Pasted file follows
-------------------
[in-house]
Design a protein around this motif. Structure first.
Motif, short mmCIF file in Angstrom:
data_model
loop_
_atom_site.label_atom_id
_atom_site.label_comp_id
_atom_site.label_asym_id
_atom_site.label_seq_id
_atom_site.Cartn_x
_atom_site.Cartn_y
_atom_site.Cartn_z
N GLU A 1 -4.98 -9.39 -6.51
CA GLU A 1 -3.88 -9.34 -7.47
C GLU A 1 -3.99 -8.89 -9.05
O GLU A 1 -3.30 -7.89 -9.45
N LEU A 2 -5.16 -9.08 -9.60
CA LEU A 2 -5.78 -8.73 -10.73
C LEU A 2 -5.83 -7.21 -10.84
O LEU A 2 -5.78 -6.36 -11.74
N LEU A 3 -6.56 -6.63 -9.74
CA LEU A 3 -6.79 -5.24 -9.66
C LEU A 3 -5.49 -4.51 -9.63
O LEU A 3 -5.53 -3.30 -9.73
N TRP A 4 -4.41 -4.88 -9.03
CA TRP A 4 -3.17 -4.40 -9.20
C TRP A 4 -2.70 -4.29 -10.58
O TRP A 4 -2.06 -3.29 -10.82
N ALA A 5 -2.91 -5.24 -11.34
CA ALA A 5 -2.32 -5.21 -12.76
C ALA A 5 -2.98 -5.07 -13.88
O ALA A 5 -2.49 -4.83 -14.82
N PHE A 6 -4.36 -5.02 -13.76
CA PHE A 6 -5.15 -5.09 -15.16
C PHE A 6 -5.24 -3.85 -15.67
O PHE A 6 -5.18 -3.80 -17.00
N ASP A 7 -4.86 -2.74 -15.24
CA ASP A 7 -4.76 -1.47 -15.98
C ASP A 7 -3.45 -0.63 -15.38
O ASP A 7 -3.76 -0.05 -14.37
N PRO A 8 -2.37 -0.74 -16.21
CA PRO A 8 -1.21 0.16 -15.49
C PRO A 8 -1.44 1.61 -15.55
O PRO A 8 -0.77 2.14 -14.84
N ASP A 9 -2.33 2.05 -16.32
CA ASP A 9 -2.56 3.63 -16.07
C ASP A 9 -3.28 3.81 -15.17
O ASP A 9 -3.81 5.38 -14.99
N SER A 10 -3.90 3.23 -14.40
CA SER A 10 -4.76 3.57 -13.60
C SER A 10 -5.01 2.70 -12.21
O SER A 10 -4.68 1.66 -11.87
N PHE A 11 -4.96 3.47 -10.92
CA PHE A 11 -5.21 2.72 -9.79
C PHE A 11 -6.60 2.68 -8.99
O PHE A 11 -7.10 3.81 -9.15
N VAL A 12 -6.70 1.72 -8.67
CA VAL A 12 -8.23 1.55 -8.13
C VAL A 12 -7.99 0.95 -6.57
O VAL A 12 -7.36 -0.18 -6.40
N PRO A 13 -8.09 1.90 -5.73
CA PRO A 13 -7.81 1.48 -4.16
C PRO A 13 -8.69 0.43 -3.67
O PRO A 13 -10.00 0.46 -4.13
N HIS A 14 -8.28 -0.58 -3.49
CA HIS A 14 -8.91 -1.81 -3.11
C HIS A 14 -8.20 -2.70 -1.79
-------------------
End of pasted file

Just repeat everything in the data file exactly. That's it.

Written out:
[in-house]
Design a protein around this motif. Structure first.
Motif, short mmCIF file in Angstrom:
data_model
loop_
_atom_site.label_atom_id
_atom_site.label_comp_id
_atom_site.label_asym_id
_atom_site.label_seq_id
_atom_site.Cartn_x
_atom_site.Cartn_y
_atom_site.Cartn_z
N GLU A 1 -4.98 -9.39 -6.51
CA GLU A 1 -3.88 -9.34 -7.47
C GLU A 1 -3.99 -8.89 -9.05
O GLU A 1 -3.30 -7.89 -9.45
N LEU A 2 -5.16 -9.08 -9.60
CA LEU A 2 -5.78 -8.73 -10.73
C LEU A 2 -5.83 -7.21 -10.84
O LEU A 2 -5.78 -6.36 -11.74
N LEU A 3 -6.56 -6.63 -9.74
CA LEU A 3 -6.79 -5.24 -9.66
C LEU A 3 -5.49 -4.51 -9.63
O LEU A 3 -5.53 -3.30 -9.73
N TRP A 4 -4.41 -4.88 -9.03
CA TRP A 4 -3.17 -4.40 -9.20
C TRP A 4 -2.70 -4.29 -10.58
O TRP A 4 -2.06 -3.29 -10.82
N ALA A 5 -2.91 -5.24 -11.34
CA ALA A 5 -2.32 -5.21 -12.76
C ALA A 5 -2.98 -5.07 -13.88
O ALA A 5 -2.49 -4.83 -14.82
N PHE A 6 -4.36 -5.02 -13.76
CA PHE A 6 -5.15 -5.09 -15.16
C PHE A 6 -5.24 -3.85 -15.67
O PHE A 6 -5.18 -3.80 -17.00
N ASP A 7 -4.86 -2.74 -15.24
CA ASP A 7 -4.76 -1.47 -15.98
C ASP A 7 -3.45 -0.63 -15.38
O ASP A 7 -3.76 -0.05 -14.37
N PRO A 8 -2.37 -0.74 -16.21
CA PRO A 8 -1.21 0.16 -15.49
C PRO A 8 -1.44 1.61 -15.55
O PRO A 8 -0.77 2.14 -14.84
N ASP A 9 -2.33 2.05 -16.32
CA ASP A 9 -2.56 3.63 -16.07
C ASP A 9 -3.28 3.81 -15.17
O ASP A 9 -3.81 5.38 -14.99
N SER A 10 -3.90 3.23 -14.40
CA SER A 10 -4.76 3.57 -13.60
C SER A 10 -5.01 2.70 -12.21
O SER A 10 -4.68 1.66 -11.87
N PHE A 11 -4.96 3.47 -10.92
CA PHE A 11 -5.21 2.72 -9.79
C PHE A 11 -6.60 2.68 -8.99
O PHE A 11 -7.10 3.81 -9.15
N VAL A 12 -6.70 1.72 -8.67
CA VAL A 12 -8.23 1.55 -8.13
C VAL A 12 -7.99 0.95 -6.57
O VAL A 12 -7.36 -0.18 -6.40
N PRO A 13 -8.09 1.90 -5.73
CA PRO A 13 -7.81 1.48 -4.16
C PRO A 13 -8.69 0.43 -3.67
O PRO A 13 -10.00 0.46 -4.13
N HIS A 14 -8.28 -0.58 -3.49
CA HIS A 14 -8.91 -1.81 -3.11
C HIS A 14 -8.20 -2.70 -1.79